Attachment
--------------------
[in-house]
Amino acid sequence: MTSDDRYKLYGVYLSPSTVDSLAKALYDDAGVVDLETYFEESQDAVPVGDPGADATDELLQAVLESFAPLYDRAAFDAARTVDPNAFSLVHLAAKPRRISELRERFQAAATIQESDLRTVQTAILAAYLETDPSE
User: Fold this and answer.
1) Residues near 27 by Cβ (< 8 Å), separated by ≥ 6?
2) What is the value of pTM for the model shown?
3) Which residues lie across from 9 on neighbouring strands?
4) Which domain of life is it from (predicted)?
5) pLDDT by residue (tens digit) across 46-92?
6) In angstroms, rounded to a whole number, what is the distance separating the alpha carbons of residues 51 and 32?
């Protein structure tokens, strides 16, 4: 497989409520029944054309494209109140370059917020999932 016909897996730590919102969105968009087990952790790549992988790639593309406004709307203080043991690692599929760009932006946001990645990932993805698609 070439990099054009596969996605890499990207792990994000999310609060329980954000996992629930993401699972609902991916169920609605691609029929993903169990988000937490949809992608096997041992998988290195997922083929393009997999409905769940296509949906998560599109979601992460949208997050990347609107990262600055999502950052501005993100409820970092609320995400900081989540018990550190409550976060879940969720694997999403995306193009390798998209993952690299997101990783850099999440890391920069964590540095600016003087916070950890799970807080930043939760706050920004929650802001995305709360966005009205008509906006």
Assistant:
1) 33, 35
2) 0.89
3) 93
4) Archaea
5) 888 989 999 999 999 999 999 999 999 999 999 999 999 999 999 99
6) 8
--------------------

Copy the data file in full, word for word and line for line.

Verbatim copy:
[in-house]
Amino acid sequence: MTSDDRYKLYGVYLSPSTVDSLAKALYDDAGVVDLETYFEESQDAVPVGDPGADATDELLQAVLESFAPLYDRAAFDAARTVDPNAFSLVHLAAKPRRISELRERFQAAATIQESDLRTVQTAILAAYLETDPSE
User: Fold this and answer.
1) Residues near 27 by Cβ (< 8 Å), separated by ≥ 6?
2) What is the value of pTM for the model shown?
3) Which residues lie across from 9 on neighbouring strands?
4) Which domain of life is it from (predicted)?
5) pLDDT by residue (tens digit) across 46-92?
6) In angstroms, rounded to a whole number, what is the distance separating the alpha carbons of residues 51 and 32?
């Protein structure tokens, strides 16, 4: 497989409520029944054309494209109140370059917020999932 016909897996730590919102969105968009087990952790790549992988790639593309406004709307203080043991690692599929760009932006946001990645990932993805698609 070439990099054009596969996605890499990207792990994000999310609060329980954000996992629930993401699972609902991916169920609605691609029929993903169990988000937490949809992608096997041992998988290195997922083929393009997999409905769940296509949906998560599109979601992460949208997050990347609107990262600055999502950052501005993100409820970092609320995400900081989540018990550190409550976060879940969720694997999403995306193009390798998209993952690299997101990783850099999440890391920069964590540095600016003087916070950890799970807080930043939760706050920004929650802001995305709360966005009205008509906006």
Assistant:
1) 33, 35
2) 0.89
3) 93
4) Archaea
5) 888 989 999 999 999 999 999 999 999 999 999 999 999 999 999 99
6) 8